Childhood Obesity: Developing Strategies and Some Needed Research
The incidence of childhood obesity is so prevalent that, without any doubt, it can be called a true epidemic. The number of children who are overweight has more than doubled in the last two decades, with one child in every five identified as being overweight. (Torgan, C., 2002) Clearly, it will take a national effort at the level of the anti- smoking campaign if success is to be achieved.
While the problem is simply one of a long- term positive energy balance, there is a paucity of evidence- based research with regard to effective long- term intervention and prevention. (Journal of Pediatrics, 2002) Successful weight loss is easily achieved in the short run, but long- term success is rare.
Among the areas that need further study are the respective roles of both behavioral and environmental variables that contribute to obesity. The issue is complicated when such factors as ethnicity, gender, and socioeconomic status are introduced. An example of these types of data are that Mexican and African-American descent are more affected than other ethnic groups. (National Center for Health Statistics, 2002) There is some evidence that obesity is linked to familial patterns with both parents being classified as obese being much more predictive than if only one member is identified as such. (Maffeis, C., 1999) The implication is, of course, that the entire family should be involved in both the prevention and treatment of childhood obesity.
That there has been an increase in sedentary behavior and a reduction in required physical education classes is well documented. Approximately 20% of 14- to 16- year old girls have reported that they engage in one or less episodes of physical activity per week. (Goran, M. 2001) These same data demonstrated that both males and females who watched the most television also had the highest skinfold thicknesses and Body Mass Indexes. Children in this same age range reported their time spent watching television averaged 4 hours per day! It is not surprising that there is a major problem when these data are coupled with time spent on a computer and poor eating habits.
These documented trends may well continue as many public school systems continue to encounter budget cuts that lead to reductions in the number of physical education classes that are offered. It seems evident that some drastic measures must be taken to reverse these trends. Indeed, a major effort needs to occur in order to increase the number of physical education and health classes offered in the public schools.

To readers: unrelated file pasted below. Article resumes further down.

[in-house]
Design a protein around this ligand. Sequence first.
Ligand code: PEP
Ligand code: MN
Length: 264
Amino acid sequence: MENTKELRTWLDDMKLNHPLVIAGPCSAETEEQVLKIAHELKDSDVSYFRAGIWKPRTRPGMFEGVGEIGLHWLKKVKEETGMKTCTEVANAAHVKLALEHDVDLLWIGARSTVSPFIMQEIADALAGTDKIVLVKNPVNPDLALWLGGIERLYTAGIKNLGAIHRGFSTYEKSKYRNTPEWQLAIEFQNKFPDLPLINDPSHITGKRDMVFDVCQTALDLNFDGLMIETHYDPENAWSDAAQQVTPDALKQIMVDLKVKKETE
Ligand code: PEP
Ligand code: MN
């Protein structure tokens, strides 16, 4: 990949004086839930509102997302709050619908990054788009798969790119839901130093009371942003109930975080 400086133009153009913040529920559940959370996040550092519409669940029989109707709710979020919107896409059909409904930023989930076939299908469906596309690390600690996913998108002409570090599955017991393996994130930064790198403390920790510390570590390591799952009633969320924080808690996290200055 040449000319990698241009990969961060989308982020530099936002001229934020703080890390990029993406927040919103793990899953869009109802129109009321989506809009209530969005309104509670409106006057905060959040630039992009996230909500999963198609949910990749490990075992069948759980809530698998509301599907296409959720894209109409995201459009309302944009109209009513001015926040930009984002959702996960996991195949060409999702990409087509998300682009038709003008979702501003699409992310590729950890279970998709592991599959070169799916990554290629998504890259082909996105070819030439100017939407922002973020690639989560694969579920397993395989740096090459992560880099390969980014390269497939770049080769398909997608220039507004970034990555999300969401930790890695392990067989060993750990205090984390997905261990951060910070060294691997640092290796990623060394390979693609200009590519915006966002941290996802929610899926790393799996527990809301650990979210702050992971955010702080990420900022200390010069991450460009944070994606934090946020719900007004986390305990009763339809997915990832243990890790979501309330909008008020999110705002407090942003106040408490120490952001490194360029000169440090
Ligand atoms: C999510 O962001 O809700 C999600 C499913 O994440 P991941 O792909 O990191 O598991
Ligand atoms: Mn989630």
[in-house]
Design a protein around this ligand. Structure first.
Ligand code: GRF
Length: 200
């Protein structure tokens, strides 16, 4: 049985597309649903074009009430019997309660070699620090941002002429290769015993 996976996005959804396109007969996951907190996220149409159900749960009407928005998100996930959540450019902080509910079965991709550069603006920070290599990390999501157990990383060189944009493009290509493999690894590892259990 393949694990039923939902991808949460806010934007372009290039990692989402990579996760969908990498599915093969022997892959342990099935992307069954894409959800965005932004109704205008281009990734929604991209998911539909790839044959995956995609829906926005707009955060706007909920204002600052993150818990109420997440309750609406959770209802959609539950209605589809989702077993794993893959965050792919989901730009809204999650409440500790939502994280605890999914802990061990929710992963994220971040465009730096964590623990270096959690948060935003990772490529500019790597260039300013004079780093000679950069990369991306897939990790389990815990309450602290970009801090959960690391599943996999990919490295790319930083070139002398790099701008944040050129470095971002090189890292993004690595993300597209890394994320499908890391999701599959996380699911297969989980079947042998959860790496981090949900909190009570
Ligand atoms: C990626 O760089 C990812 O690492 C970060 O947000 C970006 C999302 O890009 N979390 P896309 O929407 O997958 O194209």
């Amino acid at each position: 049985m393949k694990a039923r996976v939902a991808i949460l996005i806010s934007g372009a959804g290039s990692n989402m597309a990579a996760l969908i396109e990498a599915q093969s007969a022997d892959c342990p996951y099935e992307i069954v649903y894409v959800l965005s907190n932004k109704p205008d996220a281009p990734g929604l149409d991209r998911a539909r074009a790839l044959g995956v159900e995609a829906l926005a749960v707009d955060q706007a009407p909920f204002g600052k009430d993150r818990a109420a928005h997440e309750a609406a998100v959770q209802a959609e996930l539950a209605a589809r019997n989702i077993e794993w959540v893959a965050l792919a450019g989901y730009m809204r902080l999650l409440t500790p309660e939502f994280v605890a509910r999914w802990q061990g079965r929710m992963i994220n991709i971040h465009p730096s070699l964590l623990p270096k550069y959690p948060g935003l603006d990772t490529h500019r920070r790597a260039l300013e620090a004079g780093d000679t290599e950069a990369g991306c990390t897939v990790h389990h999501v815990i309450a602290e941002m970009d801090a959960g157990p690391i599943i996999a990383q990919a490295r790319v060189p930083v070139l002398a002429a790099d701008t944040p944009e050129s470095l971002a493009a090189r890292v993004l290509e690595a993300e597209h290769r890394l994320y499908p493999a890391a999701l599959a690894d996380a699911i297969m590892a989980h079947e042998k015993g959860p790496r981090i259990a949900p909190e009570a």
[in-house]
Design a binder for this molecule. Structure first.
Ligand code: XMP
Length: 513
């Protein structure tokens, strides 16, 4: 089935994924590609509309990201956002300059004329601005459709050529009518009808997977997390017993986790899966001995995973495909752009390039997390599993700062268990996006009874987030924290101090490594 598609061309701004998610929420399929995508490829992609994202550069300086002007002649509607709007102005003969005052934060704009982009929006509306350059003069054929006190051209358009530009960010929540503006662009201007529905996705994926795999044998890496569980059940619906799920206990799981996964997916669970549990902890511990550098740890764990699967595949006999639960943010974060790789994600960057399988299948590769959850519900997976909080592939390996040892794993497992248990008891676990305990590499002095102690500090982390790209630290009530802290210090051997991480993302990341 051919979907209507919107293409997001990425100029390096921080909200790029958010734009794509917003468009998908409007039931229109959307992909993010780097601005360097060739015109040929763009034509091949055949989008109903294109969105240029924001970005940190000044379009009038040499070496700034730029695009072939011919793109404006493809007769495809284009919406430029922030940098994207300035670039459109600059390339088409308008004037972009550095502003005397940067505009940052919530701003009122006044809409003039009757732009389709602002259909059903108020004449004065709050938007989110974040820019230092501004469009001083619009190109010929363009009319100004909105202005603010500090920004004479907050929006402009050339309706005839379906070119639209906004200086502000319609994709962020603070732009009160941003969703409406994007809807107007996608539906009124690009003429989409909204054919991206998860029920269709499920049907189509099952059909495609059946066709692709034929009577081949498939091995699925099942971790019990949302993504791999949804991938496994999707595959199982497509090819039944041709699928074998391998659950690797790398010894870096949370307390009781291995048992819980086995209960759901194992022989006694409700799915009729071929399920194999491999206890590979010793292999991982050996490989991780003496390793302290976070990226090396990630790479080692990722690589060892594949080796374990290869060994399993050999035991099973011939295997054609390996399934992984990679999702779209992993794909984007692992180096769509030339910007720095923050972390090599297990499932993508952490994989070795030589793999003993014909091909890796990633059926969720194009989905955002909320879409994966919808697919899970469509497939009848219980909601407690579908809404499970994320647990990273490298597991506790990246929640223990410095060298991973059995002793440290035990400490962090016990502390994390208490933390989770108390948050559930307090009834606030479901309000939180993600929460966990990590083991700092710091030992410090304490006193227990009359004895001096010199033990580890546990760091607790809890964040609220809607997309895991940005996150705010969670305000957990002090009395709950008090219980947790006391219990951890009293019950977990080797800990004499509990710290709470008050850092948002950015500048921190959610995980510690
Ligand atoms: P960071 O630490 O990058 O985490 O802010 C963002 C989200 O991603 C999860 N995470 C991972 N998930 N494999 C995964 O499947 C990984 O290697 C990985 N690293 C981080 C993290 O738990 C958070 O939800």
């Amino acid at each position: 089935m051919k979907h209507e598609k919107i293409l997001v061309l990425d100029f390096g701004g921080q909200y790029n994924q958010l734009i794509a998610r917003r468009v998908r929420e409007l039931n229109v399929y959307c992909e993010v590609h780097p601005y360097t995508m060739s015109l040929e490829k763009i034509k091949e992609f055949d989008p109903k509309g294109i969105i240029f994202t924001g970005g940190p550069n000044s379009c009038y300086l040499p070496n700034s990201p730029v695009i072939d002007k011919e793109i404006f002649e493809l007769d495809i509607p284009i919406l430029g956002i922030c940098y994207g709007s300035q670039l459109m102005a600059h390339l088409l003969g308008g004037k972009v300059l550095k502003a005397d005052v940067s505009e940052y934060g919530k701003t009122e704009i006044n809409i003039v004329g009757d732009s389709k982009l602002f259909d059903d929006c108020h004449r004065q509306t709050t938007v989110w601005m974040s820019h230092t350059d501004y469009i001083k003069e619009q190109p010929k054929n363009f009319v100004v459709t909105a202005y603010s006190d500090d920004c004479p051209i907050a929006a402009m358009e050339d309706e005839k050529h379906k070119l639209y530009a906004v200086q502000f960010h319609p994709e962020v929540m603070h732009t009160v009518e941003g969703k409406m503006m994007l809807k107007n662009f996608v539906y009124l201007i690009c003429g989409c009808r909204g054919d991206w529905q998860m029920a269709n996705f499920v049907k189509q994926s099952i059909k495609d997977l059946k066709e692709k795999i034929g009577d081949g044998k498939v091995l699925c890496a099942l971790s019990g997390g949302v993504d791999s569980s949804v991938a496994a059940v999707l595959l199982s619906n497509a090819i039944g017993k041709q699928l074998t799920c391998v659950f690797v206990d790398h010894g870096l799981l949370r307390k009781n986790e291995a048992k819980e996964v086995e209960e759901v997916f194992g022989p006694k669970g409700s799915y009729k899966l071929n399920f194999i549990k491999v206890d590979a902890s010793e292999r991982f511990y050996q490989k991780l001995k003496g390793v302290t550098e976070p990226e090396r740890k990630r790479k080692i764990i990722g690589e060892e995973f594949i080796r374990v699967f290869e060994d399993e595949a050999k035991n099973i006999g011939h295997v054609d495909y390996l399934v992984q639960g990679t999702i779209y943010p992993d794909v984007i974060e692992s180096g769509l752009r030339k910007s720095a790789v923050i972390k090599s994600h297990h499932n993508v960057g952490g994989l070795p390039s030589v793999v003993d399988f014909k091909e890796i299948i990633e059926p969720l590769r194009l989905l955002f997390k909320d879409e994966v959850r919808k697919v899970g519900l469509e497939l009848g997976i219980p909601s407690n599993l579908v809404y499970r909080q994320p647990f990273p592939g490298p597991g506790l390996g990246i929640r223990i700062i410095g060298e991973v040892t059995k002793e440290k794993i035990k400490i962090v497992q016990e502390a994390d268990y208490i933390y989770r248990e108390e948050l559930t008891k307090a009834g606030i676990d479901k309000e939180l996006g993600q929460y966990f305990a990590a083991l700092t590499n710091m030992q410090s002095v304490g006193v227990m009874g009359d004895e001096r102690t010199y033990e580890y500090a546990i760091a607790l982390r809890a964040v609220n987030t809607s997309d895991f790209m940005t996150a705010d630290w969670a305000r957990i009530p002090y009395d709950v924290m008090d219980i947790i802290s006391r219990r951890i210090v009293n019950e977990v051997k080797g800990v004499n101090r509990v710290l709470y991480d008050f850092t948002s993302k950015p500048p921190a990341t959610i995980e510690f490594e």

From a research point-of-view, more effective approaches in helping youth adopt healthy behaviors needs to be examined. Data is needed to help establish the best practices and positive outcomes of a “Model” program.
Restraints in combating childhood obesity are not limited to the schools and local governments. Clinical intervention has also encountered obstacles that interfere with dealing effectively with obesity. (Journal of Pediatrics, 1999) These include the time available for counseling families, lack of effective treatment protocols, reimbursement, and the commitment of primary care providers to care for affected patients. All of these barriers need to be examined to determine how they can be overcome. Efforts to prevent and treat childhood obesity can no longer be ignored in the clinical setting.
Perhaps continued research activity will lead to a “Risk Factor Profile” for obesity similar to what has been developed for heart disease. Factors such as weight at certain chronological ages, Body Mass Index scores, ethnicity, socioeconomic status, and familial patterns are becoming evident.
While obesity remains a personal issue, at the same time schools, families, communities, corporations, and government all bear at least some responsibility for promoting healthier lifestyles. Clearly, there is much work to be done if the tide of childhood obesity is to be stemmed.
The United States Sports Academy has dedicated itself to joining in the battle against childhood obesity. Future articles are forthcoming that will hopefully contribute to our understanding of childhood obesity and how to develop effective strategies for its prevention. Prevention is of the utmost importance.
Goran, M. “Metabolic Precursors and Effects of Obesity in Children: A Decade of Progress.” AMERICAN JOURNAL OF CLINICAL NUTRITION, Vol. 73, No. 2: 2001, 158- 171.
JOURNAL OF PEDIATRICS (Editor’s Note), Vol 134, No 5: 2002, 535-537.
JOURNAL OF PEDIATRICS. “Barriers to the Treatment of Childhood Obesity: A Call to Action.” Vol 134, No 5, 1999.
Maffeis, C. “Childhood Obesity: The Genetic- Environmental Interface.” LIBRARY OF MEDICAL RESEARCH, CLINICAL ENDOCRINOLOGY AND METABOLISM. Vol 13: 1999, 31-46.
National Center for Health Statistics. Health, United States, 2002 with Chartbook on Trends in the Health of Americans, Table 71, Hyattsville, MD, 2002.
“Pediatric Obesity in the Clinical Setting: Epidemiology of Childhood Obesity.” http://www.priory.com/childobesity.htm
Torgan, C. “Childhood Obesity on the Rise.” March, 2003. http://www.nih.gov/news/wordonhealth/jun22/childhoodobesity.htm
That childhood obesity is now so prevalent that it is being considered an epidimic. According to the National Institutes of Health, the number of children that are overweight has doubled in the last three decades. There is an increase in the prevalence of type II diabetes amongst younger ages and overweight children are more than twice as likely to have higher levels of cholesterol than their slimmer counterparts.
(“What You Need to Know About: Childhood Obesity.” About E-News Letter, http://www.about.com, October 1, 2004.)